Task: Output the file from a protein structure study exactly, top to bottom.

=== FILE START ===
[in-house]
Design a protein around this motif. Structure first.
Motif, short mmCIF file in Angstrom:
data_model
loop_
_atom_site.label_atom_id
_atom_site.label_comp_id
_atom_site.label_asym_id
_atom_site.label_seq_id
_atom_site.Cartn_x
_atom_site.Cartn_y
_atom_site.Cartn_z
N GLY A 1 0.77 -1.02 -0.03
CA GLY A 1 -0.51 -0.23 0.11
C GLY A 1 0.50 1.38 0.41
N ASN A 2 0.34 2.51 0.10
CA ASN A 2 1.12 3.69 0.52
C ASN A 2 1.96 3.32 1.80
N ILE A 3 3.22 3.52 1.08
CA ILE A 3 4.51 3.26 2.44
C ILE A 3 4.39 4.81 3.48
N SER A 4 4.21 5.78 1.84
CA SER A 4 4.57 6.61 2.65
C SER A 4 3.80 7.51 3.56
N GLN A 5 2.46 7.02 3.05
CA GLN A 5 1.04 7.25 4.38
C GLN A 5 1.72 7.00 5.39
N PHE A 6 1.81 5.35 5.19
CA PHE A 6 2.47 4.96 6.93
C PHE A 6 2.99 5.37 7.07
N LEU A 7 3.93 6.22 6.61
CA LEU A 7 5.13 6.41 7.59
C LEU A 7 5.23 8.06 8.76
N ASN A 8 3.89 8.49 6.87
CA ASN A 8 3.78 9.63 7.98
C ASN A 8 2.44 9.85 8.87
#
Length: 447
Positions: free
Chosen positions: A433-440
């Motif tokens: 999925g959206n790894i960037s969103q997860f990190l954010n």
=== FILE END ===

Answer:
[in-house]
Design a protein around this motif. Structure first.
Motif, short mmCIF file in Angstrom:
data_model
loop_
_atom_site.label_atom_id
_atom_site.label_comp_id
_atom_site.label_asym_id
_atom_site.label_seq_id
_atom_site.Cartn_x
_atom_site.Cartn_y
_atom_site.Cartn_z
N GLY A 1 0.77 -1.02 -0.03
CA GLY A 1 -0.51 -0.23 0.11
C GLY A 1 0.50 1.38 0.41
N ASN A 2 0.34 2.51 0.10
CA ASN A 2 1.12 3.69 0.52
C ASN A 2 1.96 3.32 1.80
N ILE A 3 3.22 3.52 1.08
CA ILE A 3 4.51 3.26 2.44
C ILE A 3 4.39 4.81 3.48
N SER A 4 4.21 5.78 1.84
CA SER A 4 4.57 6.61 2.65
C SER A 4 3.80 7.51 3.56
N GLN A 5 2.46 7.02 3.05
CA GLN A 5 1.04 7.25 4.38
C GLN A 5 1.72 7.00 5.39
N PHE A 6 1.81 5.35 5.19
CA PHE A 6 2.47 4.96 6.93
C PHE A 6 2.99 5.37 7.07
N LEU A 7 3.93 6.22 6.61
CA LEU A 7 5.13 6.41 7.59
C LEU A 7 5.23 8.06 8.76
N ASN A 8 3.89 8.49 6.87
CA ASN A 8 3.78 9.63 7.98
C ASN A 8 2.44 9.85 8.87
#
Length: 447
Positions: free
Chosen positions: A433-440
């Motif tokens: 999925g959206n790894i960037s969103q997860f990190l954010n």